For Immediate Release
Wednesday, Jan. 14, 2015
Media Relations Manager
MIDLAND — The Mackinac Center for Public Policy today released its latest estimates for cigarette smuggling rates in 47 of the 48 contiguous states, including Michigan, which saw its overall rate drop 9.4 percent — from 27.6 percent through 2012 to 25 percent through 2013. Michigan still has the 10th highest smuggling rate in the nation. The analysis was written in concert with the Washington, D.C.,-based Tax Foundation.
This means that of all the cigarettes consumed in the Great Lake State in 2013, 25 percent were smuggled in.
“People don’t realize the degree to which government induces illegal and dangerous activity with bad policy,” said Michael LaFaive, director of the Mackinac Center’s Morey Fiscal Policy Initiative. “In this case, individuals cross borders for personal smokes and an organized, criminal class brings in contraband cigarettes by the van full.”
This is the fifth set of smuggling rate estimates published by Mackinac Center analysts. The first two studies were published in 2008 and 2010, and contained detailed histories of smuggling in Michigan and other states. The numbers were updated in 2013 and 2014.
The top smuggling rates in the nation — according to the Mackinac Center’s new study — include New York (58.0 percent); Arizona (49.3 percent); Washington (46.4 percent); New Mexico (46.1 percent); and Rhode Island (32.0 percent).
The largest increase in smuggling occurred in Illinois, which moved up 16 spots to 14th overall.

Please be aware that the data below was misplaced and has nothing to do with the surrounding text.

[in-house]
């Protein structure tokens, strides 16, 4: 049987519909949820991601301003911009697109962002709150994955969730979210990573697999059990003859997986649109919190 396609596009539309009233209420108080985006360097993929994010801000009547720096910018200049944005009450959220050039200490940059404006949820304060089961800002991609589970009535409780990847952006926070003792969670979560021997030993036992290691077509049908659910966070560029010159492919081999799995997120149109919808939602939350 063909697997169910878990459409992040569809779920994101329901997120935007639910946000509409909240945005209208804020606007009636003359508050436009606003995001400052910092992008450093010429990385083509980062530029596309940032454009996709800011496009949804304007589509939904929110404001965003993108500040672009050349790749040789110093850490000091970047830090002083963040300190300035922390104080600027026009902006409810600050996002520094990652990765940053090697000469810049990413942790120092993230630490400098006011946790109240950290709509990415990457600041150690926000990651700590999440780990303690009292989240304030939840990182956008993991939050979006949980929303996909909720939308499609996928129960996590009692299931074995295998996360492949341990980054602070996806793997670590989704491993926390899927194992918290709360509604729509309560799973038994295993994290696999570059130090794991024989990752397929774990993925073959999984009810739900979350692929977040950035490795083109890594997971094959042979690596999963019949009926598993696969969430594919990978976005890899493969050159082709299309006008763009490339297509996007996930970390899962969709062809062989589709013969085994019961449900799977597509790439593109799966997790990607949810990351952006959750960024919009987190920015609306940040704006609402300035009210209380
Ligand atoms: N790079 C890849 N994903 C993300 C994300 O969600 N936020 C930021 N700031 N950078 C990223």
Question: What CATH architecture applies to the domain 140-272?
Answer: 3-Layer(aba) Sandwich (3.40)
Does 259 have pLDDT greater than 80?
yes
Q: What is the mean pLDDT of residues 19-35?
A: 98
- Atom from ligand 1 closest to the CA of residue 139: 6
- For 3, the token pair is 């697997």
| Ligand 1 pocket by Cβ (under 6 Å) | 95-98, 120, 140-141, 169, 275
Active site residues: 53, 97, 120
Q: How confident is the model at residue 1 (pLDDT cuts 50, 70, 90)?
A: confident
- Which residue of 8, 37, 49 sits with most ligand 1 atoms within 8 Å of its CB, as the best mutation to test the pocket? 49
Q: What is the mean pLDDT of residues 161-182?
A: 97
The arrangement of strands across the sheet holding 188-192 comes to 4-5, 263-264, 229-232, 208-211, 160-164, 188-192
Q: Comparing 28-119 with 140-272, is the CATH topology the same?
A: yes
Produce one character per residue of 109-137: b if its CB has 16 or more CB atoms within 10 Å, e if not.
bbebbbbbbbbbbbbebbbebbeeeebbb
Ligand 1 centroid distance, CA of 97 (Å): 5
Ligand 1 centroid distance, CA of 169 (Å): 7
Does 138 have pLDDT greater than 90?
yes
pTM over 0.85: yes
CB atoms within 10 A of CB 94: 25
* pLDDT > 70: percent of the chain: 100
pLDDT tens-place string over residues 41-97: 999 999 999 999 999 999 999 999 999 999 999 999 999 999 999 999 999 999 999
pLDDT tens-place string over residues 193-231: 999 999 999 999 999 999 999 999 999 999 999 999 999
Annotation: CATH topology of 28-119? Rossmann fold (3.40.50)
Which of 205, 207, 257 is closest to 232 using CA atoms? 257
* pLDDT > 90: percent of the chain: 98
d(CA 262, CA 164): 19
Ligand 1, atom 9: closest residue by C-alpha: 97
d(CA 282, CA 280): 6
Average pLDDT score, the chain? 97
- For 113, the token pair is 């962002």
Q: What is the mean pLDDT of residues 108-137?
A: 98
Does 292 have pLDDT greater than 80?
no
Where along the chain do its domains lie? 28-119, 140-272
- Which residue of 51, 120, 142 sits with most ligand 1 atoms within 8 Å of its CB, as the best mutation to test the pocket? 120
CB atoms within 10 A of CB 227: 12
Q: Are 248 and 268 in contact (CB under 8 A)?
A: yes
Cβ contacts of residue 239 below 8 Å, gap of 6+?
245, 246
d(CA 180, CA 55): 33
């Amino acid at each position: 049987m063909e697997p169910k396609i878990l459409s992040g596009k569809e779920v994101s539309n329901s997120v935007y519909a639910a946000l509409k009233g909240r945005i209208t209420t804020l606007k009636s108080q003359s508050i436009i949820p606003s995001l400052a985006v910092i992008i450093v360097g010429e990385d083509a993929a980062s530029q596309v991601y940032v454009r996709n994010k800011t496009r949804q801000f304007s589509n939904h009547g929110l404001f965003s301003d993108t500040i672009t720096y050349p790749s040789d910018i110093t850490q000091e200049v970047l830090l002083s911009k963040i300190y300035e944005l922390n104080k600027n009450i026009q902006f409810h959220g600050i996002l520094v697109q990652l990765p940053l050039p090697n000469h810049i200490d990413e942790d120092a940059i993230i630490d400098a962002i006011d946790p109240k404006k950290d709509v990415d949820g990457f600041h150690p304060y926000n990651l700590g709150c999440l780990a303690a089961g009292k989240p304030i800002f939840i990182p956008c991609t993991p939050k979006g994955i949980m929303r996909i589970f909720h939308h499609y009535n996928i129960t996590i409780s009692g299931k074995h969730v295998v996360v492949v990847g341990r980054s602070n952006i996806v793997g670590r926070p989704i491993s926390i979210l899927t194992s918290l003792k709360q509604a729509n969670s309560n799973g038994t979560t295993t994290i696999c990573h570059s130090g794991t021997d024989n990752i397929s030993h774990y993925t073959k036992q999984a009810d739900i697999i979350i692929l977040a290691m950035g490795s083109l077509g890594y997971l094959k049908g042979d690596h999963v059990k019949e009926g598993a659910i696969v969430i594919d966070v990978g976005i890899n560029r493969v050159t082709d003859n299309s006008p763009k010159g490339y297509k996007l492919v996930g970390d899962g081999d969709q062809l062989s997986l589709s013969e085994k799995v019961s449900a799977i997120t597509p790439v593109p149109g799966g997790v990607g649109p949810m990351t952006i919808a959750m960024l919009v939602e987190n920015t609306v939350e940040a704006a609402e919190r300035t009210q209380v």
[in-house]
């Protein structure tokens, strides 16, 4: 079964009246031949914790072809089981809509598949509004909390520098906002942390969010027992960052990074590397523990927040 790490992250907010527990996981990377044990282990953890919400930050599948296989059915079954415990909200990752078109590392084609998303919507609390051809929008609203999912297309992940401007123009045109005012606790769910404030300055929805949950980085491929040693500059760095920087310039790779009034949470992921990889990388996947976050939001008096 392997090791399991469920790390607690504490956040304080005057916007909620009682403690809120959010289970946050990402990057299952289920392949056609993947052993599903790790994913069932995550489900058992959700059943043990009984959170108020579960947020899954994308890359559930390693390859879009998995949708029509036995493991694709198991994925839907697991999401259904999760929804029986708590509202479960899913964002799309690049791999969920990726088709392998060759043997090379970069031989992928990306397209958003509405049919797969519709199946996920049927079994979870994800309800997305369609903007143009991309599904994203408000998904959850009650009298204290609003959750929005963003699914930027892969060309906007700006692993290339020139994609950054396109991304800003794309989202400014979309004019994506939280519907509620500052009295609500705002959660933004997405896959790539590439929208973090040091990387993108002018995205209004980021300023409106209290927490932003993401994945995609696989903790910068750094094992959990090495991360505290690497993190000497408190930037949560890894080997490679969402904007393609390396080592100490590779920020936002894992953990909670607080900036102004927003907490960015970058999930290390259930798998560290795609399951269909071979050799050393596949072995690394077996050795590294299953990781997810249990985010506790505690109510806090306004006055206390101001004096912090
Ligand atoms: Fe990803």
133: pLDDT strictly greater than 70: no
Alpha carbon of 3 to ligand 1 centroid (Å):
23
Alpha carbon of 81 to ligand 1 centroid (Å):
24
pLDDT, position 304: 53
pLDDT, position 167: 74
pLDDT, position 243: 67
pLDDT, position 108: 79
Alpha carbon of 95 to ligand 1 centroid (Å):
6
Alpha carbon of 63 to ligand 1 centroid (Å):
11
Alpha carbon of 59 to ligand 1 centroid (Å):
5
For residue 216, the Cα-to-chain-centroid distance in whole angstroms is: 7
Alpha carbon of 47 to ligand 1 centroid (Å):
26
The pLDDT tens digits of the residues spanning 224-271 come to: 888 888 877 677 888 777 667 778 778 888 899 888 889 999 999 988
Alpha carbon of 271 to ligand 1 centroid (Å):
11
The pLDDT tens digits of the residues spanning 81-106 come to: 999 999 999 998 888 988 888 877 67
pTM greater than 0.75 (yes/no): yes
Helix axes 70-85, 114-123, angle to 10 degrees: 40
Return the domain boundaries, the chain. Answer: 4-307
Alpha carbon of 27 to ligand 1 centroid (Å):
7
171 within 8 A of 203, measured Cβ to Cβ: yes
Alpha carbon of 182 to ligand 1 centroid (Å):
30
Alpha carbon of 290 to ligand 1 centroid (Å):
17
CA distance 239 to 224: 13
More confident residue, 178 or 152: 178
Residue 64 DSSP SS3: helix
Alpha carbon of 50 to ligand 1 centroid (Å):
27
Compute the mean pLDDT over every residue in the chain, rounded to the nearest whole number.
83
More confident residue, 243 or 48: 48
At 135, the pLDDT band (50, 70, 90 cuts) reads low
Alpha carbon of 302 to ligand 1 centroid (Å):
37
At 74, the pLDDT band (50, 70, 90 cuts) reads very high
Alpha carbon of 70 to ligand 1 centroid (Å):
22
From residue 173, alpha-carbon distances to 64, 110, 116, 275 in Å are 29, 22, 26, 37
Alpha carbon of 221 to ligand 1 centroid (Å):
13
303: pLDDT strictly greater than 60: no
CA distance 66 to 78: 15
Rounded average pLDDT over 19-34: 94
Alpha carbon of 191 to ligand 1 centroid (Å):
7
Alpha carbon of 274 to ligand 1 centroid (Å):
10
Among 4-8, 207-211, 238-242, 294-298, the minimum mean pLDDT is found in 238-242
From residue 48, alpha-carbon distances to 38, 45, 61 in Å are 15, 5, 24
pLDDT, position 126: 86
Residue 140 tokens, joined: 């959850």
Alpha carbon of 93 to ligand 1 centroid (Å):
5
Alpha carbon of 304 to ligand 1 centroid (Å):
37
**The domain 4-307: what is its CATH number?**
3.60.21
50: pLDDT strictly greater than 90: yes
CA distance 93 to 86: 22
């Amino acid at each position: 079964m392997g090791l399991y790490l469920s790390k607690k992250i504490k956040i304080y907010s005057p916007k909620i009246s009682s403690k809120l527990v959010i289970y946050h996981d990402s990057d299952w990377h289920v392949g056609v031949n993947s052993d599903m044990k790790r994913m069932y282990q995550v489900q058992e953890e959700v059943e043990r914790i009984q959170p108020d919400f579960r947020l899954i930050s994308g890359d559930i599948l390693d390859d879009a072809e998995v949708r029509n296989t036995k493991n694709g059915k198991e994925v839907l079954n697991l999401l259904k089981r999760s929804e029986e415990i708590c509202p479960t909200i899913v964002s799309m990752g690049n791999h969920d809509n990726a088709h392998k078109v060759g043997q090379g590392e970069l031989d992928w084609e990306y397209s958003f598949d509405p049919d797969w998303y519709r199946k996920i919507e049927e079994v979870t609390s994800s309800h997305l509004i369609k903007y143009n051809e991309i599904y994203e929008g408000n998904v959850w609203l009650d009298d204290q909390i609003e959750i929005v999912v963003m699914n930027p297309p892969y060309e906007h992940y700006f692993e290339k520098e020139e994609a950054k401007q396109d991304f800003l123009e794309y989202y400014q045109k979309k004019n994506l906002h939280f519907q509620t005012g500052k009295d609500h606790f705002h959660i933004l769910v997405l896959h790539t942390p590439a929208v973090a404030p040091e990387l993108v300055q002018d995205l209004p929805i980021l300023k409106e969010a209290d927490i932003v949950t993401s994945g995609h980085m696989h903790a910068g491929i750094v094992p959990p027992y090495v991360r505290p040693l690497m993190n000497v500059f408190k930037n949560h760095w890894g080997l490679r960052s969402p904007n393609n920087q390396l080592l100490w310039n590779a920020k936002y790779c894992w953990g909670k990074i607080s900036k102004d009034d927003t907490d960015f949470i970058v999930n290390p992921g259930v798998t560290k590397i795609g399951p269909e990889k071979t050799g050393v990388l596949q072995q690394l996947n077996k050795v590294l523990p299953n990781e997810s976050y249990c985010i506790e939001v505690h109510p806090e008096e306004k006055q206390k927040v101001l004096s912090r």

“We attribute this sizeable increase to recent hikes in cigarette excise taxes at the state, county and city levels,” said Todd Nesbit, a senior lecturer in economics at Ohio State University, co-author of the study and an adjunct scholar with the Center, said.
Since 2012, the state and Cook County (in which Chicago is located) have increased taxes $1 per pack and Chicago 50 cents. The cities of Evanston and Cicero, also in Cook County, impose separate taxes.
“Gary, Ind., with much lower taxes, is just 30 miles away from Chicago,” LaFaive noted.
The authors have cautioned lawmakers repeatedly that smuggling is not the only unintended consequence of imposing higher cigarette taxes. High rates can also contribute to violence against people, police and property (including theft and truck hijackings) and the production of adulterated and dangerous products. Several smuggling cases have even involved the financing of terrorist organizations.
“Lawmakers need to understand that poorly structured tax policy can have unintended, real-worl consequences,” said Scott Drenkard, co-author and economist with the Tax Foundation.
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